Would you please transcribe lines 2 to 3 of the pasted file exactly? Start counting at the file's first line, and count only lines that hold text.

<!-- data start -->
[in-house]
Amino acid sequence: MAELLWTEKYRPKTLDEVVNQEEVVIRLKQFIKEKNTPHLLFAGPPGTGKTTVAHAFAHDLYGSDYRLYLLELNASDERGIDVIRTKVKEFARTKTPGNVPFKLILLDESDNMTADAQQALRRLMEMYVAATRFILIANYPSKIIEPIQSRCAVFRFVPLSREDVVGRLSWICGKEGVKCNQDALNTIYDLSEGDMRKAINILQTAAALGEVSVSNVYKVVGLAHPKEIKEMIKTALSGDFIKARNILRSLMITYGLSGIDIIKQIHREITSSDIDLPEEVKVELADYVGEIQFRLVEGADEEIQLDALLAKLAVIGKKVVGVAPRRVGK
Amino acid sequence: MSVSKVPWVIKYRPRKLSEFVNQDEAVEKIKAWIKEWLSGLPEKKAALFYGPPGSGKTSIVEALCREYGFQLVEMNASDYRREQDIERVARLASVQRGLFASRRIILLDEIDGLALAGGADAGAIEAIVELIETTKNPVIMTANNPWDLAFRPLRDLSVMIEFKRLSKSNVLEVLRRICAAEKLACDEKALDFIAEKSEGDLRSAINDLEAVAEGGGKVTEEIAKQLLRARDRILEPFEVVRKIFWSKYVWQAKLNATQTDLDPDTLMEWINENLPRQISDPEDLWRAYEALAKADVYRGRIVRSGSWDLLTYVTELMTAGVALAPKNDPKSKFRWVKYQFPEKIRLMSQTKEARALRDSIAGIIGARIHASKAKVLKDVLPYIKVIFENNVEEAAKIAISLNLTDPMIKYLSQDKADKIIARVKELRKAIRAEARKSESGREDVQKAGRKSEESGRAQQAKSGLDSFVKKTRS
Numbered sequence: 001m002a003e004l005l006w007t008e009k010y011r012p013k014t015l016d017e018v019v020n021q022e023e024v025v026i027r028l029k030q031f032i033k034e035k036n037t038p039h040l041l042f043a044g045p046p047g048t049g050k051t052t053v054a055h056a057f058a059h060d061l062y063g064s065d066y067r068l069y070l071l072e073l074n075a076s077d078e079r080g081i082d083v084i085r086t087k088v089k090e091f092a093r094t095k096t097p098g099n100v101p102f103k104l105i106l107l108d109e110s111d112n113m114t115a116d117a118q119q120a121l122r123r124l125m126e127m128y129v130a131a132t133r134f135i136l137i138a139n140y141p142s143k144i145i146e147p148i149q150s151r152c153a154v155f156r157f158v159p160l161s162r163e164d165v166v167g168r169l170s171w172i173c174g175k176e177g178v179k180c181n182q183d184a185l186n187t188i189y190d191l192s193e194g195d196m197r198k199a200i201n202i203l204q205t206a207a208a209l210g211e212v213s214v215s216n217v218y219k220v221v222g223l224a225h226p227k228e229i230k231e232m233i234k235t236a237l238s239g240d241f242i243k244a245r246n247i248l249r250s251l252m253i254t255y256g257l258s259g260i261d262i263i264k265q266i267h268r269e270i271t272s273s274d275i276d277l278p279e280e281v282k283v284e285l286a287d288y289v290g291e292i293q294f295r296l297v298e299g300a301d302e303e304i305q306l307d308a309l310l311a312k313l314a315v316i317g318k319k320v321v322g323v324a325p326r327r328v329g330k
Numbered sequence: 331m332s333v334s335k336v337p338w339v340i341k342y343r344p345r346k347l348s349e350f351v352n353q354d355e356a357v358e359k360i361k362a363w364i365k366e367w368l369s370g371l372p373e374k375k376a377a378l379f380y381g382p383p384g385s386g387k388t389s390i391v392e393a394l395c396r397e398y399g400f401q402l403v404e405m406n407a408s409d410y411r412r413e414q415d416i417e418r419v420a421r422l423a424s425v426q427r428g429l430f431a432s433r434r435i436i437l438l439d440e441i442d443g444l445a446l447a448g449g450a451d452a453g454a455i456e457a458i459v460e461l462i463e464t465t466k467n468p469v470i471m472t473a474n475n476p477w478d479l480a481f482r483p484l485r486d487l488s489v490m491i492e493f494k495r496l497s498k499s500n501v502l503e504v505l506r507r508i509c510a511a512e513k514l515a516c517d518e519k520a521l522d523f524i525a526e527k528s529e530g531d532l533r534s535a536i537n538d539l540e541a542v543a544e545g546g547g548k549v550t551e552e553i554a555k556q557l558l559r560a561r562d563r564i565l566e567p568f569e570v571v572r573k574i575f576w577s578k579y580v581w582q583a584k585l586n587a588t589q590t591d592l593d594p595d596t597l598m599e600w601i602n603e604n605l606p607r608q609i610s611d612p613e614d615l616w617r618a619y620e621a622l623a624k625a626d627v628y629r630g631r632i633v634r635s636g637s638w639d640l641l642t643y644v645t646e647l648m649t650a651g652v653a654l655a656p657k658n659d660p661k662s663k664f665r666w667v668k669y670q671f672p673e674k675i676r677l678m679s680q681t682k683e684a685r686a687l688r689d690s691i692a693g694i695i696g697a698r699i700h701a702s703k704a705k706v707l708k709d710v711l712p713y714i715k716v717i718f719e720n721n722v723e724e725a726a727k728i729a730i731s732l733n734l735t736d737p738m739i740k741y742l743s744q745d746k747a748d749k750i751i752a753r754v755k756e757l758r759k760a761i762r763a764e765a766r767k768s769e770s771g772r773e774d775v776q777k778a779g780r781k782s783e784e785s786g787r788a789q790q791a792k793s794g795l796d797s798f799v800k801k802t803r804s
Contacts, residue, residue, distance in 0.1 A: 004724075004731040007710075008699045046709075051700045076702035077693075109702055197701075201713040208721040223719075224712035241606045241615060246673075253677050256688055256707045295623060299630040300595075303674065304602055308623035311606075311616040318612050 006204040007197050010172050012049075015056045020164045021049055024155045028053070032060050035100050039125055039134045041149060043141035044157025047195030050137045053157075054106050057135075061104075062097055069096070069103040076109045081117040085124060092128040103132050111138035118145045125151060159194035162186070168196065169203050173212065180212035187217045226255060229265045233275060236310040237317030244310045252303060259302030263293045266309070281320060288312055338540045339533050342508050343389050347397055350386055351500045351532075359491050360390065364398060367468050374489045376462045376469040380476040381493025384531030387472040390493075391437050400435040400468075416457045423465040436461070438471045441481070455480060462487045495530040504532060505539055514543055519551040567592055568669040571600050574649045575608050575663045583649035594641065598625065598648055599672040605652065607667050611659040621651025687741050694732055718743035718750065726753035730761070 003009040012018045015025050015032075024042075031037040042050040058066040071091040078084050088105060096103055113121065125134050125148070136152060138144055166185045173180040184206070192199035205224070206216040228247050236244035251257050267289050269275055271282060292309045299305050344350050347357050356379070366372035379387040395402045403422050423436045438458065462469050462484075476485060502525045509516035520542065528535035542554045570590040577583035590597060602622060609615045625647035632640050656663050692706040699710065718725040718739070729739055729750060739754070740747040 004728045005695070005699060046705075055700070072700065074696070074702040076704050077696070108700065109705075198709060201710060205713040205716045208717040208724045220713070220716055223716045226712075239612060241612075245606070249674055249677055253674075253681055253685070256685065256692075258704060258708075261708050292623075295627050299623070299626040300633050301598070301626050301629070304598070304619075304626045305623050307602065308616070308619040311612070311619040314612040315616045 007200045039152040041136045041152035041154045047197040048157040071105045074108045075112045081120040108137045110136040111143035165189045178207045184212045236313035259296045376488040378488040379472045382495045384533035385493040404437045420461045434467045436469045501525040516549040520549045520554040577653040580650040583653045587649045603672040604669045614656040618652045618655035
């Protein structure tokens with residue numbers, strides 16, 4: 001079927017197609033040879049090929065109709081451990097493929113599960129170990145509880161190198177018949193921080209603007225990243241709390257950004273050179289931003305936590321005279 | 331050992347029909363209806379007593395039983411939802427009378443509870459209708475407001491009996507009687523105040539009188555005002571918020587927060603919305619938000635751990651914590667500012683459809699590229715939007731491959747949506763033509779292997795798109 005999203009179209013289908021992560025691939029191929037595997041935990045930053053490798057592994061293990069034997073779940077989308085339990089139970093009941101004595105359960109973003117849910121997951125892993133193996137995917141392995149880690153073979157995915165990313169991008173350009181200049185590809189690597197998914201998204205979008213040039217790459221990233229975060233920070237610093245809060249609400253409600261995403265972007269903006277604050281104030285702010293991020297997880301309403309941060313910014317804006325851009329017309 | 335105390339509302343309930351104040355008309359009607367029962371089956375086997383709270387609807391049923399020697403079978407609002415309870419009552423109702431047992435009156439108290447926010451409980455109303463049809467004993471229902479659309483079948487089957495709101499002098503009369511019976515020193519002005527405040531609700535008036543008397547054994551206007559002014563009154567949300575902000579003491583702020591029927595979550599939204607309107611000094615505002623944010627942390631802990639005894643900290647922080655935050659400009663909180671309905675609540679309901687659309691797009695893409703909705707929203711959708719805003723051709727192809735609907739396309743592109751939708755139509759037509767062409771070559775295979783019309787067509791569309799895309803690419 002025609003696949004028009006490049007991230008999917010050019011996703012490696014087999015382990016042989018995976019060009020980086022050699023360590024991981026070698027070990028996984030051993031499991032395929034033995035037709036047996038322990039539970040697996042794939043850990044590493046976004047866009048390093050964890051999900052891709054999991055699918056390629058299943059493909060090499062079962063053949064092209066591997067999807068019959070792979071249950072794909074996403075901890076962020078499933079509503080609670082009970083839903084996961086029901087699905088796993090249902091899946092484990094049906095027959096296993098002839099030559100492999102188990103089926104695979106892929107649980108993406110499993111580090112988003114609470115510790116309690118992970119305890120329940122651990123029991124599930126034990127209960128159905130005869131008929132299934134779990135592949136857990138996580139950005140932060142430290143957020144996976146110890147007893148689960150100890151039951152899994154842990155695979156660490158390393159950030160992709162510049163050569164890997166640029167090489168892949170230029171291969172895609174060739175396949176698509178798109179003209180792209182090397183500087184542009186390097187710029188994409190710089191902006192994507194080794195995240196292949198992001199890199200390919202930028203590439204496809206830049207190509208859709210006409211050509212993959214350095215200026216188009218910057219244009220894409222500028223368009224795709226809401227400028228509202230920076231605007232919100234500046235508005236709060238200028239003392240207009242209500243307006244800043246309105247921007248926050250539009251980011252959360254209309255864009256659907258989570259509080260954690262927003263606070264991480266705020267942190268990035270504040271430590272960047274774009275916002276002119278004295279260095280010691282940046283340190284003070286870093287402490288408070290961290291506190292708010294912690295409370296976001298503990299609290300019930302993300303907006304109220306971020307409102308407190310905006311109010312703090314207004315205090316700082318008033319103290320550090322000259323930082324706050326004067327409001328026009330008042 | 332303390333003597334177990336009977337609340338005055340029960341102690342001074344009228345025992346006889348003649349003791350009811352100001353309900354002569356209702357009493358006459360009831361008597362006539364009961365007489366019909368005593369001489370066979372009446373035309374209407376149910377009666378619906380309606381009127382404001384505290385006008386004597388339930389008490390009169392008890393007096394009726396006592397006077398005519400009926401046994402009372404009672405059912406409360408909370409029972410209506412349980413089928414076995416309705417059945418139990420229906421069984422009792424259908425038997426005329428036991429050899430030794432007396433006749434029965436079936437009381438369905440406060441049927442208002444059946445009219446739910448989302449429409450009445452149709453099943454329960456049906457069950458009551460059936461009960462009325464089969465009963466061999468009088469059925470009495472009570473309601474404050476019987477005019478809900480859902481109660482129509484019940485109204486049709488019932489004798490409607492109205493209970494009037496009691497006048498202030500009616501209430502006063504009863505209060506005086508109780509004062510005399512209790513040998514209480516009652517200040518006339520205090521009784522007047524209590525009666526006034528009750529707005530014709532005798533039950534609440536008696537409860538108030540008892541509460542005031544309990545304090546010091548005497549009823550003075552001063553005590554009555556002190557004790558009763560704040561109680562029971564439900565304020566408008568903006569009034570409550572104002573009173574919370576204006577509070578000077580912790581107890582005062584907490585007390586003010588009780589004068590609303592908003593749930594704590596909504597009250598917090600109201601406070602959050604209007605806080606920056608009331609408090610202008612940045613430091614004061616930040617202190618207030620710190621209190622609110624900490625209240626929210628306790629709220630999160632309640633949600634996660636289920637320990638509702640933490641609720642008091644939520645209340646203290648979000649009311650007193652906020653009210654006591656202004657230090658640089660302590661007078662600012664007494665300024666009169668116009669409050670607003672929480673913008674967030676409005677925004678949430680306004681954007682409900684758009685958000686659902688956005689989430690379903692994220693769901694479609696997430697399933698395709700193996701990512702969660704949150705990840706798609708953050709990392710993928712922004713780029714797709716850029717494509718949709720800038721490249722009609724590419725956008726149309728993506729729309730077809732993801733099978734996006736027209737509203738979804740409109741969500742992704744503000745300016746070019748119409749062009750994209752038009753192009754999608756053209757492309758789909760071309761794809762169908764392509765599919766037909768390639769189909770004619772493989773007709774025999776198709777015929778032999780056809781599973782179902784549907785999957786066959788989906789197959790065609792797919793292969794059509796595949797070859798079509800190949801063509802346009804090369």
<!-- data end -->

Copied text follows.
Amino acid sequence: MAELLWTEKYRPKTLDEVVNQEEVVIRLKQFIKEKNTPHLLFAGPPGTGKTTVAHAFAHDLYGSDYRLYLLELNASDERGIDVIRTKVKEFARTKTPGNVPFKLILLDESDNMTADAQQALRRLMEMYVAATRFILIANYPSKIIEPIQSRCAVFRFVPLSREDVVGRLSWICGKEGVKCNQDALNTIYDLSEGDMRKAINILQTAAALGEVSVSNVYKVVGLAHPKEIKEMIKTALSGDFIKARNILRSLMITYGLSGIDIIKQIHREITSSDIDLPEEVKVELADYVGEIQFRLVEGADEEIQLDALLAKLAVIGKKVVGVAPRRVGK
Amino acid sequence: MSVSKVPWVIKYRPRKLSEFVNQDEAVEKIKAWIKEWLSGLPEKKAALFYGPPGSGKTSIVEALCREYGFQLVEMNASDYRREQDIERVARLASVQRGLFASRRIILLDEIDGLALAGGADAGAIEAIVELIETTKNPVIMTANNPWDLAFRPLRDLSVMIEFKRLSKSNVLEVLRRICAAEKLACDEKALDFIAEKSEGDLRSAINDLEAVAEGGGKVTEEIAKQLLRARDRILEPFEVVRKIFWSKYVWQAKLNATQTDLDPDTLMEWINENLPRQISDPEDLWRAYEALAKADVYRGRIVRSGSWDLLTYVTELMTAGVALAPKNDPKSKFRWVKYQFPEKIRLMSQTKEARALRDSIAGIIGARIHASKAKVLKDVLPYIKVIFENNVEEAAKIAISLNLTDPMIKYLSQDKADKIIARVKELRKAIRAEARKSESGREDVQKAGRKSEESGRAQQAKSGLDSFVKKTRS